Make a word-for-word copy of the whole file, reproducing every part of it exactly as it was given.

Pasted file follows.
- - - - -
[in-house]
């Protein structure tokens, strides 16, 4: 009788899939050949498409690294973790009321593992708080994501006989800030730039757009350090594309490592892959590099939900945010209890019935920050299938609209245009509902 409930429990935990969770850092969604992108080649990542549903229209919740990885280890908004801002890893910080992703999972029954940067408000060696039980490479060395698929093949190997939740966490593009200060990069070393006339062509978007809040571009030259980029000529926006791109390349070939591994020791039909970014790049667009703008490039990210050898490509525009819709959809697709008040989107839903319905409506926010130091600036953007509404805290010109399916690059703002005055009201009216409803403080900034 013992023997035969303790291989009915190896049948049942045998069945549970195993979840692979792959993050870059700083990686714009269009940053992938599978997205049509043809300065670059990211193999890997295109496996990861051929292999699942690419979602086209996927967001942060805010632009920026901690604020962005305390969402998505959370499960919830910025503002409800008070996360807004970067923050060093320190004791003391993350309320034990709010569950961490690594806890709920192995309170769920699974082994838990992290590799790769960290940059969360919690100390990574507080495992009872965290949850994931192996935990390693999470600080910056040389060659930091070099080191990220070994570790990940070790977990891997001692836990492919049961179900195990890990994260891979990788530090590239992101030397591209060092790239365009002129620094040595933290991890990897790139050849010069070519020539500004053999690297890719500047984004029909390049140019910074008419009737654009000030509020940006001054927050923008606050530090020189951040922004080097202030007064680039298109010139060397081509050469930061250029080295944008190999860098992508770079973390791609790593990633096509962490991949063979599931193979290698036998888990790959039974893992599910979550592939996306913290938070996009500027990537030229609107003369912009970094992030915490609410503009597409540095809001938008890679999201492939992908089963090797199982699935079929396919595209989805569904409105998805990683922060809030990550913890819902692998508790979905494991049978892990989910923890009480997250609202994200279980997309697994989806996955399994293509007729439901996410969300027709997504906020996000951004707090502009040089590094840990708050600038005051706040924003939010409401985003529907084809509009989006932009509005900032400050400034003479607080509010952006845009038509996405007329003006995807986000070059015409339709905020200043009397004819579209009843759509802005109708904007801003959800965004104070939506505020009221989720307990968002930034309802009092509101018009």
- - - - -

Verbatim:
[in-house]
């Protein structure tokens, strides 16, 4: 009788899939050949498409690294973790009321593992708080994501006989800030730039757009350090594309490592892959590099939900945010209890019935920050299938609209245009509902 409930429990935990969770850092969604992108080649990542549903229209919740990885280890908004801002890893910080992703999972029954940067408000060696039980490479060395698929093949190997939740966490593009200060990069070393006339062509978007809040571009030259980029000529926006791109390349070939591994020791039909970014790049667009703008490039990210050898490509525009819709959809697709008040989107839903319905409506926010130091600036953007509404805290010109399916690059703002005055009201009216409803403080900034 013992023997035969303790291989009915190896049948049942045998069945549970195993979840692979792959993050870059700083990686714009269009940053992938599978997205049509043809300065670059990211193999890997295109496996990861051929292999699942690419979602086209996927967001942060805010632009920026901690604020962005305390969402998505959370499960919830910025503002409800008070996360807004970067923050060093320190004791003391993350309320034990709010569950961490690594806890709920192995309170769920699974082994838990992290590799790769960290940059969360919690100390990574507080495992009872965290949850994931192996935990390693999470600080910056040389060659930091070099080191990220070994570790990940070790977990891997001692836990492919049961179900195990890990994260891979990788530090590239992101030397591209060092790239365009002129620094040595933290991890990897790139050849010069070519020539500004053999690297890719500047984004029909390049140019910074008419009737654009000030509020940006001054927050923008606050530090020189951040922004080097202030007064680039298109010139060397081509050469930061250029080295944008190999860098992508770079973390791609790593990633096509962490991949063979599931193979290698036998888990790959039974893992599910979550592939996306913290938070996009500027990537030229609107003369912009970094992030915490609410503009597409540095809001938008890679999201492939992908089963090797199982699935079929396919595209989805569904409105998805990683922060809030990550913890819902692998508790979905494991049978892990989910923890009480997250609202994200279980997309697994989806996955399994293509007729439901996410969300027709997504906020996000951004707090502009040089590094840990708050600038005051706040924003939010409401985003529907084809509009989006932009509005900032400050400034003479607080509010952006845009038509996405007329003006995807986000070059015409339709905020200043009397004819579209009843759509802005109708904007801003959800965004104070939506505020009221989720307990968002930034309802009092509101018009």